The KOMO news segment soon inspired an email warning to start circulating. One version of the email, as reported on, reads:
The Silent Killer...Very IMPORTANT
Ladies, you MUST watch this video...this is not a joke...please read and watch. It's a form of Breast Cancer that I honestly had never even heard of. Stay healthy!
Please show this to other women you know, or print it out for them to read.
Within less than two months, this email had spread far and wide. So far that KOMO now reports that:
As of Thursday morning, amazingly, the video has been accessed a total of 10 million times, and has helped shed light on the important subject to several news agencies across the nation and world. We continue to hope the video helps provide important life-saving information and helps bring more awareness to a subject that not many people knew about.
It's cool that an email warning is actually serving a useful function, for once. But I think the advice that most unsolicited information received via email is garbage should still stand.
Categories: Email Hoaxes, Health/Medicine
Posted by Alex on Fri Jun 30, 2006
Comments (3)
Status: Hoax
Here's an email that's been circulating around:
"A 36-year-old female had an accident several weeks ago and wrote off her vehicle. It was raining, though not excessively, when her car suddenly began to aquaplane and literally flew through the air. She was not seriously injured but very stunned at the sudden occurrence. When she explained what had happened to a highway patrolman, he told her she should never drive in the rain with cruise control activated. If your car begins to aquaplane, it will accelerate beyond the set cruise control speed when the tyres lose contact with the asphalt."

So is there any truth to this? Is it dangerous to drive in the rain with cruise control activated? Not according to Australia's RAA (Royal Automobile Association) which recently issued an advisory about this email:

“Should the car’s tyres break traction with the road, such as in an aquaplane situation, the increase in wheel speed would be sensed and the cruise control system would then reduce the amount of throttle and maintain the set speed. Additionally, cruise control systems are deactivated as soon as the brake is applied. As braking is usually an automatic reaction in most emergency situations, the scenario of cruise control causing an increase in vehicle speed is highly unlikely.”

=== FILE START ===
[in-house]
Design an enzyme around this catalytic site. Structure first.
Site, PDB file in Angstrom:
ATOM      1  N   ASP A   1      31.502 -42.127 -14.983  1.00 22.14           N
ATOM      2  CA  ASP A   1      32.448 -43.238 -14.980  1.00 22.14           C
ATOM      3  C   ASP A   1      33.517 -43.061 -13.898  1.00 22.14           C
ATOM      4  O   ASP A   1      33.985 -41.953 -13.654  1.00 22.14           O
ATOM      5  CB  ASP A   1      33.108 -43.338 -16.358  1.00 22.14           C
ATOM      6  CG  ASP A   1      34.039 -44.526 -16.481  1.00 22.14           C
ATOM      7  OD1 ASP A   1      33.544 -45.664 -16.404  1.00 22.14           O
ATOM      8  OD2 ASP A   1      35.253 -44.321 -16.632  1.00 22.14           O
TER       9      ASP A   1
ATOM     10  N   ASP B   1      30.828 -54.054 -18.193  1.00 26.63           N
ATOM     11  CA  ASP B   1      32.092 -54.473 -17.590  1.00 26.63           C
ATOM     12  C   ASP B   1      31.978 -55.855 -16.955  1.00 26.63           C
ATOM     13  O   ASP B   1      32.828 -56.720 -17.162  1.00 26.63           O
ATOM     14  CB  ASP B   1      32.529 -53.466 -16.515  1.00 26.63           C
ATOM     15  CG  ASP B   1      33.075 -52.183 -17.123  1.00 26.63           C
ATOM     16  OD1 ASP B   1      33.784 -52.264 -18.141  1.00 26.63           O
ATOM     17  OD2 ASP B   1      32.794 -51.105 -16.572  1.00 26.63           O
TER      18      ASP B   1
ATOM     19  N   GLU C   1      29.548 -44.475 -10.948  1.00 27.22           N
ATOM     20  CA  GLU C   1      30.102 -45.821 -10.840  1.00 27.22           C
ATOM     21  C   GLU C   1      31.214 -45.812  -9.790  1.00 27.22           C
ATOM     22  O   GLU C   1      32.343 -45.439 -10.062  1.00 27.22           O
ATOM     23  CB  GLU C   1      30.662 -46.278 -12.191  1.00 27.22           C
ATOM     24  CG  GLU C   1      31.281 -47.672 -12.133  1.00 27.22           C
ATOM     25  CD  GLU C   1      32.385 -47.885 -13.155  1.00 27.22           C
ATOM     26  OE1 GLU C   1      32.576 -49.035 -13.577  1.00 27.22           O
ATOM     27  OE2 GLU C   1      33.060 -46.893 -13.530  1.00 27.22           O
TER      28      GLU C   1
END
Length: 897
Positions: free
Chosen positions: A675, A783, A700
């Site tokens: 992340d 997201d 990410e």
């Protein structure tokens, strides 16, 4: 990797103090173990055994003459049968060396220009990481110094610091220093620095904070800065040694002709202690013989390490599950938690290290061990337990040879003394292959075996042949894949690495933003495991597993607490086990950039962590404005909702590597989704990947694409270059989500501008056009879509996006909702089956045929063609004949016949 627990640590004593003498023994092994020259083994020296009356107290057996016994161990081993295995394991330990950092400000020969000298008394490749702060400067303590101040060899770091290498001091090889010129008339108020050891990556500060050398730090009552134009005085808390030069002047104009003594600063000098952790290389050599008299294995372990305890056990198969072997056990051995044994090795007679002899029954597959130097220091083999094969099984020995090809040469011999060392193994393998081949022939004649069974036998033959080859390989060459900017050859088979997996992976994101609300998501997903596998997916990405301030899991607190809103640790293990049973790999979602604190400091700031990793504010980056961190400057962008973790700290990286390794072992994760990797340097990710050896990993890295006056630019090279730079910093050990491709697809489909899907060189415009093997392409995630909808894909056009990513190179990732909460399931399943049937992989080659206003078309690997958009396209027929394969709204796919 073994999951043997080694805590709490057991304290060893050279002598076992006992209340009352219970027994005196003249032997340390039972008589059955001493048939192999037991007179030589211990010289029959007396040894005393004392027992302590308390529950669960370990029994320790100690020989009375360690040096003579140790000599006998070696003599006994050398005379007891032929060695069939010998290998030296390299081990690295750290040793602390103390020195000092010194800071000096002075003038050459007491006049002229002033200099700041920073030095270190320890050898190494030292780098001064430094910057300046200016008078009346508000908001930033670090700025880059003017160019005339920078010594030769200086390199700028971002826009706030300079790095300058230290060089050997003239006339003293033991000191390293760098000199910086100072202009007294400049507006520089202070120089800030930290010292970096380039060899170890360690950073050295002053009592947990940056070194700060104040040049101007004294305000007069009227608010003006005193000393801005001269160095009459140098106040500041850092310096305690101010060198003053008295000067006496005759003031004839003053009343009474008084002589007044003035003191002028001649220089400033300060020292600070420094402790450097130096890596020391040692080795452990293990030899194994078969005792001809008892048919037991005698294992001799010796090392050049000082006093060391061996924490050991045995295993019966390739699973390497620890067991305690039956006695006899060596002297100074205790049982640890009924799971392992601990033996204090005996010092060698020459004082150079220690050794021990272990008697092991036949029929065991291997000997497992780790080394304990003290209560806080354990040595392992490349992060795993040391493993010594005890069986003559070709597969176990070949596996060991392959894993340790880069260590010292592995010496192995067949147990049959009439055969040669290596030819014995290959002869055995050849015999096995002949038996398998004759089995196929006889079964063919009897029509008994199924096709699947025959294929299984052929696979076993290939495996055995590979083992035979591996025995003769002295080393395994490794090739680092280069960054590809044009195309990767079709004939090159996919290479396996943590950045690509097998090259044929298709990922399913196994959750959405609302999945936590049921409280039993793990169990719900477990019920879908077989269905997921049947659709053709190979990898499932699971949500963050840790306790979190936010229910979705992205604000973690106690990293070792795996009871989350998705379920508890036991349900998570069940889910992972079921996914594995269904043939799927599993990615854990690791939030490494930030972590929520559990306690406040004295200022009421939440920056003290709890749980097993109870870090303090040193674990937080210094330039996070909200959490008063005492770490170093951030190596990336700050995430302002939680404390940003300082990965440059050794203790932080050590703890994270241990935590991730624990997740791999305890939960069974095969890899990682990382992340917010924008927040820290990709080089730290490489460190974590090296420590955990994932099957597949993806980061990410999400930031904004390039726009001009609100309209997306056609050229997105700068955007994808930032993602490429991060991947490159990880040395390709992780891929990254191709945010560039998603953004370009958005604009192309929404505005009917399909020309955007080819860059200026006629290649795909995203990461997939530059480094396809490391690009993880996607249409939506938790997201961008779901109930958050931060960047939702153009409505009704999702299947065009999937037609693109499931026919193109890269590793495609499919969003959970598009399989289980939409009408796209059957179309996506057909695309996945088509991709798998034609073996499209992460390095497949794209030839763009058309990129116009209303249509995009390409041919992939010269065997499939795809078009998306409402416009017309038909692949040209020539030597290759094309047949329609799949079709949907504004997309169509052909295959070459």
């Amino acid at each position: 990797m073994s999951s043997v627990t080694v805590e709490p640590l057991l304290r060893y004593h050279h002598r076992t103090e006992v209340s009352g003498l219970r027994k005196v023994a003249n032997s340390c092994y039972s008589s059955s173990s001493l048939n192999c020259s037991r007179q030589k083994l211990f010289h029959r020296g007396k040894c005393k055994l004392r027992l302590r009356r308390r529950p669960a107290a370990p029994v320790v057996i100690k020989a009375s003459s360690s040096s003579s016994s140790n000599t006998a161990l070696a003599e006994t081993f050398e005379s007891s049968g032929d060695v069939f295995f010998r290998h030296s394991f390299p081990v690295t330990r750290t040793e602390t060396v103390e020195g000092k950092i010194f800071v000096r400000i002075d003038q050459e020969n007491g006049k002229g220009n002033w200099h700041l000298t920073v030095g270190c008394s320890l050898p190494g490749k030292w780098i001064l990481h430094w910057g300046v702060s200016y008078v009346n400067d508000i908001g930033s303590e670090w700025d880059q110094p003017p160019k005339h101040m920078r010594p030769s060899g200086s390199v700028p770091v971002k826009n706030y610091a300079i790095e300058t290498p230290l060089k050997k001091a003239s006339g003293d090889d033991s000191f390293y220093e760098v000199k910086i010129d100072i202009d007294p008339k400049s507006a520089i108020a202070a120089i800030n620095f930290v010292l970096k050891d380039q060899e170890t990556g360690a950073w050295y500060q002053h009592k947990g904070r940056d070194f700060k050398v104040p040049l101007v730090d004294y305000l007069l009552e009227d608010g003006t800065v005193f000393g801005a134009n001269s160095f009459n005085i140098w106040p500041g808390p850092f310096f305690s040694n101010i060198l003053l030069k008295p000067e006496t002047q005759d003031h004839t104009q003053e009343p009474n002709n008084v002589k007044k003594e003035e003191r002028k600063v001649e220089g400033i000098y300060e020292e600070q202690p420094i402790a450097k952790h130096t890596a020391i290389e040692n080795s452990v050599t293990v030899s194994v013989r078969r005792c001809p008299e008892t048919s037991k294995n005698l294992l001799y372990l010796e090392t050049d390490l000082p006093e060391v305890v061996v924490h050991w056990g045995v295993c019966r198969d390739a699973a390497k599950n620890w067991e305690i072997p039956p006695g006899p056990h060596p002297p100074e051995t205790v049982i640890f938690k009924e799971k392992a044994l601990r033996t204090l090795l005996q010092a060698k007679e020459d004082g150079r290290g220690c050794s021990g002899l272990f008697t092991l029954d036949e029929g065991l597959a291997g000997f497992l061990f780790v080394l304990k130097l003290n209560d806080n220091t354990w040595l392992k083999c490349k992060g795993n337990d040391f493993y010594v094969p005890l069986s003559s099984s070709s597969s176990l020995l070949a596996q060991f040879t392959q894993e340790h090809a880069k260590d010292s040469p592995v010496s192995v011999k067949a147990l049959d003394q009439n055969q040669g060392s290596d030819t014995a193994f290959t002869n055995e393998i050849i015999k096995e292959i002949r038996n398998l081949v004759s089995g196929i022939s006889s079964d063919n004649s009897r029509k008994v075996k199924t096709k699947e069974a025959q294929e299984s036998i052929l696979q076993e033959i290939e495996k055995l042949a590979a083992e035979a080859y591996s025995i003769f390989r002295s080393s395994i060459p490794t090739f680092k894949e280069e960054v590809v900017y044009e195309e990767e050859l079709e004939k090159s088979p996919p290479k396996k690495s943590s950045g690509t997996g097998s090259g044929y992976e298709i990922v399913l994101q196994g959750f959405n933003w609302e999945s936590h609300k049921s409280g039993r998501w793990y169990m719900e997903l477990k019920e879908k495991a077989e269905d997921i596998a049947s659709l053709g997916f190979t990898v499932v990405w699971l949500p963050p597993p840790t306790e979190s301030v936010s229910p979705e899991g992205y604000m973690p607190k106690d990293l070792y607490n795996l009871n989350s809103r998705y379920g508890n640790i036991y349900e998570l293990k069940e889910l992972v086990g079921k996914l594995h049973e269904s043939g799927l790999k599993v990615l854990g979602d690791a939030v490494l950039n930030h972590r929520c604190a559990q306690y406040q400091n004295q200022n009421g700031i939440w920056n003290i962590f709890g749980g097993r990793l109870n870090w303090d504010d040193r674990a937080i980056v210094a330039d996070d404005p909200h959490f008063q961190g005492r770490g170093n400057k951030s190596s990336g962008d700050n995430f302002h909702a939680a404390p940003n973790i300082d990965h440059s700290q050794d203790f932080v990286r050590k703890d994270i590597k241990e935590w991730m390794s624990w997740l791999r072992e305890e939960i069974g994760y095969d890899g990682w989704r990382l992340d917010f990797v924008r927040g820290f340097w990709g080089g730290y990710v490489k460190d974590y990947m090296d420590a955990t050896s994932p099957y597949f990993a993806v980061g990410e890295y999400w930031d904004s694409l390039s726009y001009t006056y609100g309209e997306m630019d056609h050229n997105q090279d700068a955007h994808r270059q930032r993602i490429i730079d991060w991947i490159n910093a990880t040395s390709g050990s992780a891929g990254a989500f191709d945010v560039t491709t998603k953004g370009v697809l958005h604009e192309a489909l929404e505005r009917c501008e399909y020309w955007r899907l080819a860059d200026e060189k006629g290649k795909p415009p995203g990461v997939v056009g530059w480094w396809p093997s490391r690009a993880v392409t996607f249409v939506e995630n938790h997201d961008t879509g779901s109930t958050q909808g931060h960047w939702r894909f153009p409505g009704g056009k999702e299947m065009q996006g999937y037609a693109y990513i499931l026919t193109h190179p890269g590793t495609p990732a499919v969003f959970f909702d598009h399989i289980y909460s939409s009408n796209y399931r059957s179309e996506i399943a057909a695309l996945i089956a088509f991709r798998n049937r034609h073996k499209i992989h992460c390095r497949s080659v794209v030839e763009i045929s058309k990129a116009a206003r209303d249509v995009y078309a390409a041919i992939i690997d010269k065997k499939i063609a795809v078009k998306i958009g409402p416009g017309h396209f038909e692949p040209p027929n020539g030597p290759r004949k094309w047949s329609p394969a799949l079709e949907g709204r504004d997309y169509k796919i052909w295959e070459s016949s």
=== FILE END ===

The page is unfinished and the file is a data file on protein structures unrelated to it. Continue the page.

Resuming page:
I actually never use cruise control, whether or not it's raining, because I have a bit of a phobia about it. I have a fear that one time I'll step on the brake, and the cruise control won't deactivate.
Categories: Email Hoaxes
Posted by Alex on Thu Apr 13, 2006
Comments (25)
Status: Undetermined (but probably true)
Alex Palmer forwarded me the following email which is circulating around, consisting of the following text and four pictures:

Subject: Picture is worth a thousand words.
The Honda rider was traveling at such a "very high speed", his reaction time was not sufficient enough to avoid this accident. Swedish Police estimate a speed of ~250 KM/h (155mph) before the bike hit the slow moving car side-on at an intersection. At that speed, they predicted that the rider's reaction time (once the vehicle came into view) wasn't sufficient enough for him to even apply the brakes. The car had two passengers and the bike rider was found INSIDE the car with them. The Volkswagen actually flipped over from the force of impact and landed 10 feet from where the collision took place.

All three involved (two in car and rider) were killed instantly. This graphic demonstration was placed at the Stockholm Motorcycle Fair by the Swedish Police and Road Safety Department. The sign above the display also noted that the rider had only recently obtained his license. At 250 KM (155 mph) the operator is traveling at 227 feet per second. With normal reaction time to SEE-DECIDE-REACT of 1.6 seconds the above operator would have traveled over 363 feet while making a decision on what actions to take. In this incident the Swedish police indicate that no actions were taken.